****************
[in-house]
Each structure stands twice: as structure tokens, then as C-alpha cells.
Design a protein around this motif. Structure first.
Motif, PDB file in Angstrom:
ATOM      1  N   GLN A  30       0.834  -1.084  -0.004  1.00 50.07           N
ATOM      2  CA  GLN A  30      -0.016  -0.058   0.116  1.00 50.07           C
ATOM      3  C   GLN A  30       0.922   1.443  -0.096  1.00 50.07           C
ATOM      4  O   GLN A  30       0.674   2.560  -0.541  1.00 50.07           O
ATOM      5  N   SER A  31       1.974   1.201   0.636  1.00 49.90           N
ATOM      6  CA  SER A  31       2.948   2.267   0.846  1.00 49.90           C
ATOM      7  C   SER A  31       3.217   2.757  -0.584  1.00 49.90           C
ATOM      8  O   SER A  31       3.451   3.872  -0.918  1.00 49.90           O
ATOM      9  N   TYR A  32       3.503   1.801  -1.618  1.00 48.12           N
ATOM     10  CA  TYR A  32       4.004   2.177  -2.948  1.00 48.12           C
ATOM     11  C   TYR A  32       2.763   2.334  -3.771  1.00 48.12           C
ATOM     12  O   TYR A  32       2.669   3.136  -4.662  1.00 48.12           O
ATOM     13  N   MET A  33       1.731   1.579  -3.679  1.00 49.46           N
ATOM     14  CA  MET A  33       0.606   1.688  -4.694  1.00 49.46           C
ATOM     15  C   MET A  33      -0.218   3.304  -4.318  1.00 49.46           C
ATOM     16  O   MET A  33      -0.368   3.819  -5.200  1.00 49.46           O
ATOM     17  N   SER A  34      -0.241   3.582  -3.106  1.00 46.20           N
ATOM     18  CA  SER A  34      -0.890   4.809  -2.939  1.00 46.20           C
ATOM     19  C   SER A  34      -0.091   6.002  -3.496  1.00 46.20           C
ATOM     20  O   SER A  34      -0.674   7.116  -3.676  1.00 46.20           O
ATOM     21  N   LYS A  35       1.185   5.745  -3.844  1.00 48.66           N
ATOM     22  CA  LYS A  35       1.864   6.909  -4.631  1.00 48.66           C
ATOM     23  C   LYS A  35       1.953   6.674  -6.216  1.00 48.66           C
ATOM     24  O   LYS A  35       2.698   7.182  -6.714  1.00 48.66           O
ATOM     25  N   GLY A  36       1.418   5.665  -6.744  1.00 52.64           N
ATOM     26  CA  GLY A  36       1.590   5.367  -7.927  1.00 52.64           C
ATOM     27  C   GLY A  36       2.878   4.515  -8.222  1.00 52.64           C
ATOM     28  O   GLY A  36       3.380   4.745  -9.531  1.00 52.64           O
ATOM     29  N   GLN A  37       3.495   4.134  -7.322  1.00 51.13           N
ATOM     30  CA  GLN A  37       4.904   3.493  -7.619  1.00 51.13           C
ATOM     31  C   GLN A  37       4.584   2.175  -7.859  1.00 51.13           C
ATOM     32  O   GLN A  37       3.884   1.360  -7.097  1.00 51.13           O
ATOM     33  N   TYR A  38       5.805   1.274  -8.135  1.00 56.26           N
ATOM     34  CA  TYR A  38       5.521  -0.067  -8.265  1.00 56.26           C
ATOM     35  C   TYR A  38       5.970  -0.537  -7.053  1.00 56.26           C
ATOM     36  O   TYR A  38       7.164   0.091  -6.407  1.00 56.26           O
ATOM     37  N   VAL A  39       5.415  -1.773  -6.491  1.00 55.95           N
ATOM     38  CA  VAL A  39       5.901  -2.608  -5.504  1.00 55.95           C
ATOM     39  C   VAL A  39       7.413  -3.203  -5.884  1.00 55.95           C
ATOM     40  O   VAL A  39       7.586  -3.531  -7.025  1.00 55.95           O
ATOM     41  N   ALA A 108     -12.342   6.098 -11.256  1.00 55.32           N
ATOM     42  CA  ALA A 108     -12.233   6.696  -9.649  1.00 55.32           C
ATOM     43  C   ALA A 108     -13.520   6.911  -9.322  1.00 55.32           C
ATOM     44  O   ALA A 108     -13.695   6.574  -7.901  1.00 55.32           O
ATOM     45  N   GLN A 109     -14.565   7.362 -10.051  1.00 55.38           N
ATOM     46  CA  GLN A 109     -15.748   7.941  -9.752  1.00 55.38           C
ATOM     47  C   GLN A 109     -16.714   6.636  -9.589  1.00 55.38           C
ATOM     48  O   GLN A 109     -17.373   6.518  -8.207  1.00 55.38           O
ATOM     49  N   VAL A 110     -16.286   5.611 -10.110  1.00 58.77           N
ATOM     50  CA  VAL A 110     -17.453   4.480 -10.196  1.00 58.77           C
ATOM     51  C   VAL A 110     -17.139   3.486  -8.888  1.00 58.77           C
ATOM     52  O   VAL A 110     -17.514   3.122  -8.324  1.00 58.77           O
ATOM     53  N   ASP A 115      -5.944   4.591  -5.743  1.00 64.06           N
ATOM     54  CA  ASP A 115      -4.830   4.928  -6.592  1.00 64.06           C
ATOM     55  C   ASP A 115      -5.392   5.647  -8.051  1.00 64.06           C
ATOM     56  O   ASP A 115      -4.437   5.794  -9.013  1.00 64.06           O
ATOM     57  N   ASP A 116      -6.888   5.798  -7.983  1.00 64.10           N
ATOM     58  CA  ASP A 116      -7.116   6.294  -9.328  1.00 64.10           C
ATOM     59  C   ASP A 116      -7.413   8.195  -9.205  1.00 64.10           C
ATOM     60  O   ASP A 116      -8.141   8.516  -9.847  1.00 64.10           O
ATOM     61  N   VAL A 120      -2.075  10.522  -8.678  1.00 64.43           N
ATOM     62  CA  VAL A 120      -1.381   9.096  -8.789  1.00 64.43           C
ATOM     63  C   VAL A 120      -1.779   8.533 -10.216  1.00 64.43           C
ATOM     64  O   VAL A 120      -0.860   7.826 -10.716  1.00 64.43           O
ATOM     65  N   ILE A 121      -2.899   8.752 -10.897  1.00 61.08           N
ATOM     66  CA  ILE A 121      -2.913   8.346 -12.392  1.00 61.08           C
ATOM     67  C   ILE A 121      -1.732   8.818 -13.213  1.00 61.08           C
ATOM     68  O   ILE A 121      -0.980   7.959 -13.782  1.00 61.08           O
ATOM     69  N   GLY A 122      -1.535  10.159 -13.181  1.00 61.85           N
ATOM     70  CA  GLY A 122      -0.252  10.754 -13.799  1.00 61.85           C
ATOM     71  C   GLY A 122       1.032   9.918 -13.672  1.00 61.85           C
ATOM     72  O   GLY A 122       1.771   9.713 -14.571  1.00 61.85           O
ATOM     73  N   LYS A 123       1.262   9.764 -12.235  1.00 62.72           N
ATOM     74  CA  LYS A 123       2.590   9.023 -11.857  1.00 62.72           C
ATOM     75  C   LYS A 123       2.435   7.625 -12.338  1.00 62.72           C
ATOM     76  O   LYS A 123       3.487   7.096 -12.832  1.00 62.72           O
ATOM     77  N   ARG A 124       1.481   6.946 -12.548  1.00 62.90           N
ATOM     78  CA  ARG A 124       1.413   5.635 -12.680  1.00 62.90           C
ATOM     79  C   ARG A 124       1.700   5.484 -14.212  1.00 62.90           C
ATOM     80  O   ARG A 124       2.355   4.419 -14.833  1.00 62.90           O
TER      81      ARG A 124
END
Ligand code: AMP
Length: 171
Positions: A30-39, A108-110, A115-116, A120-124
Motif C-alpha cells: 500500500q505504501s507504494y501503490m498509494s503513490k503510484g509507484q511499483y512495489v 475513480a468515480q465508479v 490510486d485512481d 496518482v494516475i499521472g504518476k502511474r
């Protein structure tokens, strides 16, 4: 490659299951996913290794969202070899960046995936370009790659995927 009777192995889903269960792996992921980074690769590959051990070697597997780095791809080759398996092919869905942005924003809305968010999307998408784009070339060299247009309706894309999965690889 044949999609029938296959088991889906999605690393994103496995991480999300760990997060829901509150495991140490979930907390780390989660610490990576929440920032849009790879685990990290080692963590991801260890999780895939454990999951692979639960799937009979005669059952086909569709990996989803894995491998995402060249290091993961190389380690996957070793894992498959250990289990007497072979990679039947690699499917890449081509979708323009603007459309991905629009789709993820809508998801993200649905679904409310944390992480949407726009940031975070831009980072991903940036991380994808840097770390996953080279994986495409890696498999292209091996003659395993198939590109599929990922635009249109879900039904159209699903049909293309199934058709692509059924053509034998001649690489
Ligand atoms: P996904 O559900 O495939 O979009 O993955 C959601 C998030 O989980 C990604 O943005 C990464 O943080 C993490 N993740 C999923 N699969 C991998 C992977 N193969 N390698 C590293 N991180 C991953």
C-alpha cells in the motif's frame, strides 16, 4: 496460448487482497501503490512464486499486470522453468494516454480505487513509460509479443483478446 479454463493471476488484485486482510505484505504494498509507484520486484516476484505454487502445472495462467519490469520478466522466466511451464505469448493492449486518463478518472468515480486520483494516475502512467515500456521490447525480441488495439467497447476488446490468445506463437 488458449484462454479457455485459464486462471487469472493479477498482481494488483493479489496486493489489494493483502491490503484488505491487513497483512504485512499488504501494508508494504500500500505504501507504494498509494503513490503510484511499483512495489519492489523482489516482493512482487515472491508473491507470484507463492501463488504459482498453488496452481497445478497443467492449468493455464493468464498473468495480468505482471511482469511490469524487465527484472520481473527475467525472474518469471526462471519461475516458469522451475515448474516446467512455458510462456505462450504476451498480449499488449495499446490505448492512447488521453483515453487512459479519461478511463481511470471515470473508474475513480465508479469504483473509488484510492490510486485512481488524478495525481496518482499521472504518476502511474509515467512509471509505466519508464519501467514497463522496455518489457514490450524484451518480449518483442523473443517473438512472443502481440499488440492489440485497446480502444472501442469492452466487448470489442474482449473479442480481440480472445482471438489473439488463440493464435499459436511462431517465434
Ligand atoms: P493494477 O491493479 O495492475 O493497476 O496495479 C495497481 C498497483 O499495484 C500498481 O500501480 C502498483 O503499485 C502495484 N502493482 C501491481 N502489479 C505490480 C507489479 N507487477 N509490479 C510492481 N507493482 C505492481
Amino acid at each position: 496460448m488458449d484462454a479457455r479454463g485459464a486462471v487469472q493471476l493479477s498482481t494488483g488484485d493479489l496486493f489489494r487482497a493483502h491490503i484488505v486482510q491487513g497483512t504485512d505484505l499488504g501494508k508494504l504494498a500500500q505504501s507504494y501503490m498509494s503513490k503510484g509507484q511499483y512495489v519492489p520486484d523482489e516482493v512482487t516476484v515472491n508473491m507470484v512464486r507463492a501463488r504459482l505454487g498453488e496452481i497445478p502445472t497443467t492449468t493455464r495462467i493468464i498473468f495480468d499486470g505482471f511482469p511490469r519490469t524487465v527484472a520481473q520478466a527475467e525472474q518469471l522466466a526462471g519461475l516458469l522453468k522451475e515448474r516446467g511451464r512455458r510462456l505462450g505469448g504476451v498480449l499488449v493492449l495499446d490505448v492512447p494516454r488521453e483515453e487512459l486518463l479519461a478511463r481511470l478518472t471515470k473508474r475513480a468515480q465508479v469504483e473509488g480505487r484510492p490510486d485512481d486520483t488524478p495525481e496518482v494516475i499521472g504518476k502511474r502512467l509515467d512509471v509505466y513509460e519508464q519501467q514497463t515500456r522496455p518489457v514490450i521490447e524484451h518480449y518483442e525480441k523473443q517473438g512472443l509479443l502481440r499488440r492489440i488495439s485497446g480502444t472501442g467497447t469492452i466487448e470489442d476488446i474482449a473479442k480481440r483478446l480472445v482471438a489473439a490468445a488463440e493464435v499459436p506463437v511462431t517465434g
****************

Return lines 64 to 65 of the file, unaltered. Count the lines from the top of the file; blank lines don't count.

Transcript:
ATOM     60  O   ASP A 116      -8.141   8.516  -9.847  1.00 64.10           O
ATOM     61  N   VAL A 120      -2.075  10.522  -8.678  1.00 64.43           N